Surveillance video captures tragic drowning at city pool, WREG presses for answers

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MEMPHIS, Tenn. -- After pressing the city for more than a year, WREG has obtained the shocking video that shows the day a 13-year-old boy drowned in a public pool.

WREG is not showing Cedric Walton's final moments that day in 2015, but we have continued to press for answers as to how and why he died when the pool he drowned in was supposed to be monitored by video.

Since his death, Walton's family has filed a lawsuit against the City of Memphis, the third party surveillance company, Delta Surveillance, and AT&T. WREG was the first to show the family's attorneys the heartbreaking video of the drowning they say never should have happened.

It was July 5, 2015 and Walton and group of friends decide to take a dip in their community pool.

It was Sunday, in the middle of summer. The L.E. Brown Pool in South Memphis was closed, but the group reportedly hopped a fence.

In the surveillance video the group splashes and plays around. It`s unclear how long they are actually in the pool. Video we obtained shows upwards of 20 minutes. Then somehow something goes wrong and Walton begins to struggle and eventually drowns. His friends, unable to help him, rush to get help.

Something important to keep in mind is while the kids did break-in, the pool cameras are supposed to be monitored off site. Along with video of the pool, we received another video. It is of a woman monitoring a number of screens at an unknown location. Right now it is unclear if she is in fact an employee of Delta Surveillance, the company contracted by the city at the time, but it appears at the time Walton is drowning she is on her phone and eating her lunch.

Delta Surveillance said the camera at the pool wasn't live streaming video. They said they told the city the internet, provided by AT&T wasn't working on Saturday and no one came to fix it. Walton died on Sunday.

At the time WREG pressed then Mayor A C Wharton repeatedly for answers about the break down in communication that cost a boy his life.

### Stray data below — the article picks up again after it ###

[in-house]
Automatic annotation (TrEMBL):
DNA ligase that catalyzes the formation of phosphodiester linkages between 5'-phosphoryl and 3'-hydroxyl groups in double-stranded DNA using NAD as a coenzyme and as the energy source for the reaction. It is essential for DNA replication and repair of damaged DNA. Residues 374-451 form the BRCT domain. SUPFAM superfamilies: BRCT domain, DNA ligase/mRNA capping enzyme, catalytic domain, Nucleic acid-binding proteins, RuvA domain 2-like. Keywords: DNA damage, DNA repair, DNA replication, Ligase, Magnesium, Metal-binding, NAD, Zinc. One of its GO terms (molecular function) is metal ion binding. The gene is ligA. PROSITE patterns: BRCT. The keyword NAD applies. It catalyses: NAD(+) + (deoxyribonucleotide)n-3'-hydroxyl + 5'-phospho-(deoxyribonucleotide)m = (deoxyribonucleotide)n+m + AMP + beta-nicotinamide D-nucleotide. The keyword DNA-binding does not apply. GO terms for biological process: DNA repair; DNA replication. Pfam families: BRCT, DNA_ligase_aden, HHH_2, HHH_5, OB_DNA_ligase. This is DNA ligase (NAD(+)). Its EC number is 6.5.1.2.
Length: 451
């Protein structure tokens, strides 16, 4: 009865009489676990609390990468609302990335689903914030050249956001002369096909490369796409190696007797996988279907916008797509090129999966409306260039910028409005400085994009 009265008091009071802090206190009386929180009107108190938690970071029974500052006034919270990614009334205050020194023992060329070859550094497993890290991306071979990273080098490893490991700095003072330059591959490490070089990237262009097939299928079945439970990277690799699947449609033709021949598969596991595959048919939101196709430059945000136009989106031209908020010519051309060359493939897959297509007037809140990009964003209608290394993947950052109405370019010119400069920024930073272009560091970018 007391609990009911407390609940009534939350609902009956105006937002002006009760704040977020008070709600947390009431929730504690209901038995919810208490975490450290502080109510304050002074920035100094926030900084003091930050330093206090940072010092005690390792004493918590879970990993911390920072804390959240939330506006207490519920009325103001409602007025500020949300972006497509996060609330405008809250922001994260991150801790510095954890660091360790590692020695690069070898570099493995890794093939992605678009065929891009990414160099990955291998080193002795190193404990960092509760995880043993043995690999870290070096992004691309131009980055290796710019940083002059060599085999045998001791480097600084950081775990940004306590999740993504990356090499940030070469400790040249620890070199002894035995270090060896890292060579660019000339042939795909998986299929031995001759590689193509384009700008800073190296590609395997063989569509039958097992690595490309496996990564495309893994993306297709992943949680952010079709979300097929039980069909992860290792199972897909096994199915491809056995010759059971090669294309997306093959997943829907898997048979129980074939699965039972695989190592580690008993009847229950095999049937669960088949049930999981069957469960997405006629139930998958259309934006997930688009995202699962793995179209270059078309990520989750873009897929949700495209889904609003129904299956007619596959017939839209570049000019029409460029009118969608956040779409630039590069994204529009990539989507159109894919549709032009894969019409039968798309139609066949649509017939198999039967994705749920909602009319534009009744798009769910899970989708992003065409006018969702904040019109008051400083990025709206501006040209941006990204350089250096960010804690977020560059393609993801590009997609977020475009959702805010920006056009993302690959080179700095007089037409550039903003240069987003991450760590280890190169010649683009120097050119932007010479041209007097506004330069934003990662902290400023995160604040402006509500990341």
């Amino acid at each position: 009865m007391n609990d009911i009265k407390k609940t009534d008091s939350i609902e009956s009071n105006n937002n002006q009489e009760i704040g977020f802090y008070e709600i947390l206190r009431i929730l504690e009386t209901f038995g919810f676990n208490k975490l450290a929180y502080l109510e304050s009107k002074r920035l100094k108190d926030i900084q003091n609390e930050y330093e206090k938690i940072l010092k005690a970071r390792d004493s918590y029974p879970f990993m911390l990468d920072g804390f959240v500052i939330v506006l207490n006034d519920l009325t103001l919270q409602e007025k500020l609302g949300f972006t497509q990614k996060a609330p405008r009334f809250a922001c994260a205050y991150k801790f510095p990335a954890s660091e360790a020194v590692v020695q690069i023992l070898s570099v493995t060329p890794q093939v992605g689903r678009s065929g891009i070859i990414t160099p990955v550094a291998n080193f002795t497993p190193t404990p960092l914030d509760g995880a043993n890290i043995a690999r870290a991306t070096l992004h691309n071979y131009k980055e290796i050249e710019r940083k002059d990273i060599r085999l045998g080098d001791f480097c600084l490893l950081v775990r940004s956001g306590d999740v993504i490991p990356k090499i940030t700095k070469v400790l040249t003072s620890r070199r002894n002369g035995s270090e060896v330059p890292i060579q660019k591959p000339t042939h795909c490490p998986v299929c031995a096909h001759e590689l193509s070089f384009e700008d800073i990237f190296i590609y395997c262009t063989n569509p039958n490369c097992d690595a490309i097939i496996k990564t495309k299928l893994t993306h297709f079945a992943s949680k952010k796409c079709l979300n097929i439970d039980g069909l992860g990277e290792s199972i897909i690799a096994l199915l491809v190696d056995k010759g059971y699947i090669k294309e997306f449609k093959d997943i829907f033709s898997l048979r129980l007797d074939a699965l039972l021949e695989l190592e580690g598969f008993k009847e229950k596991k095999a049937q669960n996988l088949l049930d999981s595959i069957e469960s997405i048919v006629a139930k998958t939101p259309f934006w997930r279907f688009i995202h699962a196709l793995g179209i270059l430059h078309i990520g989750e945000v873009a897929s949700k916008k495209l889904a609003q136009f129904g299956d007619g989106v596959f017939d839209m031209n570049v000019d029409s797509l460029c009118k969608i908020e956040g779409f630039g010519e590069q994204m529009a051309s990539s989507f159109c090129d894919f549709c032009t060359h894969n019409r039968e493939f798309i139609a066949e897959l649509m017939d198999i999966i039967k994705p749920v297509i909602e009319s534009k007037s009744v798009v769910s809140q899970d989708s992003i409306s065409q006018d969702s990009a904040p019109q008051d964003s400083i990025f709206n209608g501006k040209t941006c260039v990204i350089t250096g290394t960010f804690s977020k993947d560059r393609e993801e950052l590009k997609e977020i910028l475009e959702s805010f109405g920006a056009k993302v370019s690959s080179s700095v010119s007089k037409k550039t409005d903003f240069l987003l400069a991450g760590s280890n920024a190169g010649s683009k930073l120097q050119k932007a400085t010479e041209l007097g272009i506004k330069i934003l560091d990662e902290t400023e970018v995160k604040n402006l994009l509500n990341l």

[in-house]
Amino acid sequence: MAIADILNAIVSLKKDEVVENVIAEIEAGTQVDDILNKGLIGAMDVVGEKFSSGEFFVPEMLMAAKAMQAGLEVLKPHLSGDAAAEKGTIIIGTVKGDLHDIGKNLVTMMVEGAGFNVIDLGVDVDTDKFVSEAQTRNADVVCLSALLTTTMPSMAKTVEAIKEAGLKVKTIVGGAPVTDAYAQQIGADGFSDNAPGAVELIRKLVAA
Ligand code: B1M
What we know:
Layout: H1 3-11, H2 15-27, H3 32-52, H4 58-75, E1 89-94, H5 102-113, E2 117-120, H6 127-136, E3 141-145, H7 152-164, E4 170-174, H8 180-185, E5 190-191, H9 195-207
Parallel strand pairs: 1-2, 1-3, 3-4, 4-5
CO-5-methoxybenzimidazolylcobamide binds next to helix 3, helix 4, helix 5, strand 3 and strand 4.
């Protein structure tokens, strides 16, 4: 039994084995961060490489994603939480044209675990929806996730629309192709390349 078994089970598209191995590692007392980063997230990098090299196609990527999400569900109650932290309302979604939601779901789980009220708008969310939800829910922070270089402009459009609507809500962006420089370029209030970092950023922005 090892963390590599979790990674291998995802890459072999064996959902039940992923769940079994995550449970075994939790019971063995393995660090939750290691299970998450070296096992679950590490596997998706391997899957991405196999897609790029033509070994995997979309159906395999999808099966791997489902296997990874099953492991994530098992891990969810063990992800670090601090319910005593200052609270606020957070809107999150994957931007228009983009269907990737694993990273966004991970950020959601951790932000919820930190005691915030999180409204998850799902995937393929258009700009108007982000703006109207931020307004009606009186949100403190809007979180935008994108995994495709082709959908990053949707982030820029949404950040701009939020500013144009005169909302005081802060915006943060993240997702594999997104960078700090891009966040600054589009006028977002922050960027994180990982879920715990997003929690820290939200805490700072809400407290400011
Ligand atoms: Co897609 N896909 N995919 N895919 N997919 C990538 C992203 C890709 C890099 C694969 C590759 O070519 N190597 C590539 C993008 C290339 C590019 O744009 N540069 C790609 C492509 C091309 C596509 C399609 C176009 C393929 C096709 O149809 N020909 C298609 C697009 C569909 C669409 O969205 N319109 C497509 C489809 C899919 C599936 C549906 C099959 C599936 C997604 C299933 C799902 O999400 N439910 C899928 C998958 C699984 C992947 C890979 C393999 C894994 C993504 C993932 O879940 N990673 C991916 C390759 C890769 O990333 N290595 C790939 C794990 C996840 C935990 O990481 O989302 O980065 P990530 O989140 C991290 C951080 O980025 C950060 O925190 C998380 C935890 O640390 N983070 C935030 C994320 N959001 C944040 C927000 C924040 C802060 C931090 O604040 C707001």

"It's, it`s complicated," he said.

On Wednesday WREG questioned current Mayor Jim Strickland.

"I cannot comment on the facts of the case because of the lawsuit," he said.

Shortly after the tragic incident Strickland was critical of the Wharton administration and how the city pools were monitored.

The city said they are no longer working with Delta Surveillance

Parks and Neighborhoods entered into a contract with SkyCop which now monitors the pools. If someone trespasses on the property when the pool is closed an alert will sound saying—“You’re trespassing. We’re calling the Memphis Police Department.”

The city claims since they entered into the contract this past summer the number of fence jumpers and calls to MPD decreased at outdoor pools.

"Any owner of a pool or something that is attractive to children has to be made safe. Whether the city owns it or private entity. That’s why fences are required. It’s because it’s called an attractive nuisance under the law so as an owner of those pools we have a due care obligation," explained Mayor Strickland.

The Skycop cameras are not currently up right now because the outdoor pools because they are closed. They will return in the Summer.

WREG reached out to Delta Surveillance for a comment but we have not heard back.